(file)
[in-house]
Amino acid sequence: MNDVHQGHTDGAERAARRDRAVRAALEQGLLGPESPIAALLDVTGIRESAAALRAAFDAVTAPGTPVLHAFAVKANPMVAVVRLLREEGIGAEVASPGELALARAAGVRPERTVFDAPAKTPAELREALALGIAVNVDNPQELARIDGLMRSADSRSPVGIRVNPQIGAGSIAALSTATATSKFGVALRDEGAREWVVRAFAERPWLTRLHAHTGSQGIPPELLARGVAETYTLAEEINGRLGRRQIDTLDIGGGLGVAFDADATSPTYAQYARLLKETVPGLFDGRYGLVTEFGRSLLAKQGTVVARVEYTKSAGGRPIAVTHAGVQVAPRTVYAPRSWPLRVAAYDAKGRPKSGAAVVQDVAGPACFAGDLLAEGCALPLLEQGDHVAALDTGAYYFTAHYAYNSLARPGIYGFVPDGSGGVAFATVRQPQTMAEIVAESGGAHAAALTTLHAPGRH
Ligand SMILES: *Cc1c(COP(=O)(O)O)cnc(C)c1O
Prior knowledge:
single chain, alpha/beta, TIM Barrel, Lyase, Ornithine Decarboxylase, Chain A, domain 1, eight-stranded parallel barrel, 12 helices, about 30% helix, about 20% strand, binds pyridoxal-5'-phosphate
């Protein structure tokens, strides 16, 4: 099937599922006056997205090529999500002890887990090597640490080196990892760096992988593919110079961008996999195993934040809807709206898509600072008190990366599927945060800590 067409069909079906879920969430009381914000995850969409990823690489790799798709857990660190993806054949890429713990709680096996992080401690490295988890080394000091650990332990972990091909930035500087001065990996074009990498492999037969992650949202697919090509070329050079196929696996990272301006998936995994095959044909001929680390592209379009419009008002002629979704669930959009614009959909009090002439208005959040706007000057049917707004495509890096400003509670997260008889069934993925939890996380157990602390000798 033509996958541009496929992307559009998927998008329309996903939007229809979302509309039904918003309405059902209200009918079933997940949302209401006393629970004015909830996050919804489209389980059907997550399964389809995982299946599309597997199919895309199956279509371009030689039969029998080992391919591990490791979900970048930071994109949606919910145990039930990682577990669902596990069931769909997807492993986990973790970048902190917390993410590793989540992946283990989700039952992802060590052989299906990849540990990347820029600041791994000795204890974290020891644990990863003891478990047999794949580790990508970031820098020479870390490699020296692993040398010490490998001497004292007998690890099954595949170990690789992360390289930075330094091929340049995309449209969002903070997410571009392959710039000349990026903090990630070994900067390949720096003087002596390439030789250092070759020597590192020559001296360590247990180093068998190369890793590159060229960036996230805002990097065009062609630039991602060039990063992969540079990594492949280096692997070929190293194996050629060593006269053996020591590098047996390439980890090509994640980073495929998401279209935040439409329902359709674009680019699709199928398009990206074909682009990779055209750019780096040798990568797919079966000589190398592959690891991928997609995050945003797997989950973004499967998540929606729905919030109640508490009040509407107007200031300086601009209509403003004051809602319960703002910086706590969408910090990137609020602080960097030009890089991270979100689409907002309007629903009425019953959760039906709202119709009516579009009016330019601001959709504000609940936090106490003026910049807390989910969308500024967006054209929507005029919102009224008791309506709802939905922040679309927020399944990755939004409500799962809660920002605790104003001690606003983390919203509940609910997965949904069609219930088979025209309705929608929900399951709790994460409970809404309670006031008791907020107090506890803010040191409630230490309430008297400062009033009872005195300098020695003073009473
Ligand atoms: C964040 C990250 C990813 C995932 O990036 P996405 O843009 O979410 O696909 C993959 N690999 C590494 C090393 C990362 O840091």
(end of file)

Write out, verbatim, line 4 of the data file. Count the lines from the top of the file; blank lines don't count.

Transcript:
Prior knowledge: